The state controller has released the cash report for the past fiscal year 2017-18. There is good news and bad news. The good news is that revenues were up about $1.5 billion relative to the projections made in June 2017 (when the 2017-18 budget was enacted). The bad news is that the extra money came mainly from the personal income tax (which probably means a big capital gains component) and the corporate tax (profits). Sales tax revenue - which is a proxy for consumption and much of the economic activity of the state came in below budget projections and, indeed, below last year's figure. So the good revenue news was likely from the most volatile component of revenue that can drop off precipitously in any kind of downturn.
Of course, there is no sign of a downturn currently, despite the turmoil about tariffs and such. And the state has access not only to its official general fund reserves - including the governor's rainy day fund - but also to cash sitting in other accounts of the state outside the general fund. So-called unused borrowable reserves are close to $40 billion, which is a significant cushion.
You can find the controller's report at: (Look at the tables on the "B" pages for comparisons with last year's budget projections.)

Tuesday, July 10, 2018

The West LA VA campus

LAist, the revived web info source, has a lengthy article about the Westwood VA's current status at:

How do you feel about that?

From the BruinUCLA researchers will launch a new app that aims to better understand the campus climate, which includes a variety of factors that contribute to students’ experience at UCLA.

BruinX, the research and development branch of the Office of Equity, Diversity and Inclusion, finished beta testing their new app, BruinXperience, last month. UCLA undergraduate and graduate students can start using the app fall quarter.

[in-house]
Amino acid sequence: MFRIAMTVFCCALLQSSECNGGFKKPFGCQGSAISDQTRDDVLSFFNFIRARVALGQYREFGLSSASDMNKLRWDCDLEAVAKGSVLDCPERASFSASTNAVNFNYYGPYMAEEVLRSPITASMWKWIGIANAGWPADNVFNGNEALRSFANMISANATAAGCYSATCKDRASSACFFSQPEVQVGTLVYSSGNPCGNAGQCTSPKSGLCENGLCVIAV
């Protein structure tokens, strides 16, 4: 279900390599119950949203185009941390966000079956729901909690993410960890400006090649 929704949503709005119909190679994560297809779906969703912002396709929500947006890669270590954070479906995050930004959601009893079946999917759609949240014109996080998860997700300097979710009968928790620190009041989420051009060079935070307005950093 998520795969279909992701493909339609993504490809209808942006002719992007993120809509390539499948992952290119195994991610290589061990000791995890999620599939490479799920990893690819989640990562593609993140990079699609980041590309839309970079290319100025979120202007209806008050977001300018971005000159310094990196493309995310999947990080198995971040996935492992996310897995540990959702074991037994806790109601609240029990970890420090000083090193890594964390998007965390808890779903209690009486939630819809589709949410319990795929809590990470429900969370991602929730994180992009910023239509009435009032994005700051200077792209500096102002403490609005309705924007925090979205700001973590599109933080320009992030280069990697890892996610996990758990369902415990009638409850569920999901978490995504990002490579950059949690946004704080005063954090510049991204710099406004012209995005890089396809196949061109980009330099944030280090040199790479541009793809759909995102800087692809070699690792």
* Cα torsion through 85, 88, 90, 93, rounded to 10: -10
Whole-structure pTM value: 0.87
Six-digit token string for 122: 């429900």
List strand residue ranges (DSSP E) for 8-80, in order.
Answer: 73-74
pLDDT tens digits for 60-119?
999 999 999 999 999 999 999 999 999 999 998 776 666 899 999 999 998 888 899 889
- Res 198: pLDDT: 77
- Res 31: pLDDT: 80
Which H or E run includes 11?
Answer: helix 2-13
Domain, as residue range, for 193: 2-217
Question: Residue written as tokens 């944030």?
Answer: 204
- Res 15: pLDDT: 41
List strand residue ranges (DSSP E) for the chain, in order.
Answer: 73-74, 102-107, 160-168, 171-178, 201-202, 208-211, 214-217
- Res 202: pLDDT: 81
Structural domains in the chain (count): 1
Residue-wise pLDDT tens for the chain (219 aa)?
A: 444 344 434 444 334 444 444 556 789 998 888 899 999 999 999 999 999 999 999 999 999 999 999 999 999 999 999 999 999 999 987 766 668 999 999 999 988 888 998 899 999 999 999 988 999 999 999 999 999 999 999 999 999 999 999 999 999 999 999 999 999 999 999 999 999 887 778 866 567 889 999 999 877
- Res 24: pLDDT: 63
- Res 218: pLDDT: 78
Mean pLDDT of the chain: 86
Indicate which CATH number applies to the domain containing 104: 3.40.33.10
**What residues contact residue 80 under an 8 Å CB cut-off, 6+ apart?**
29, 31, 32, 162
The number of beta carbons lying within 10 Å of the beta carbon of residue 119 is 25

The app will remind students every two weeks to complete a two-item survey which asks them to select a picture that best describes how they feel at that moment, then provides a text box for them to explain their choice.
Carli Straight, a research scientist for BruinX, said collecting survey responses more frequently will be advantageous because students can remember recent personal events more accurately.
Data can also be collected in closer proximity to specific events to observe how opinions change before and after the event.
She added that the app allows students to directly tell administrative officials about what affects their experience on campus.
“We not only ask students to report how they feel but why they feel the way they do, giving them the platform to tell us, in their own words, what affects them,” Straight said.
Lauren Ilano, a research analyst at Student Affairs Information and Research Office, said she thinks collecting data more frequently could help improve programs that use campus climate data.
“Having more campus climate data collected at closer intervals could potentially help departments make adjustments to their programming,” Ilano said. “Campus climate issues are extremely important and having more regular data is one way to assess initiatives in real time.”
Lena Nguyen, a rising second-year political science and pre-communication student, said she thinks BruinXperience will make the campus climate survey process more convenient for students.
“(Past campus climate surveys) just never came up,” Nguyen said. “But I would do it if I saw it online or on my phone because it’s faster.”
Straight also said that BruinXperience will not replace existing survey infrastructure, which includes traditional, more in-depth quarterly surveys.
“Information collected from both short-interval and annual surveys will contribute to a more complete understanding of students’ perceptions of campus climate,” she said.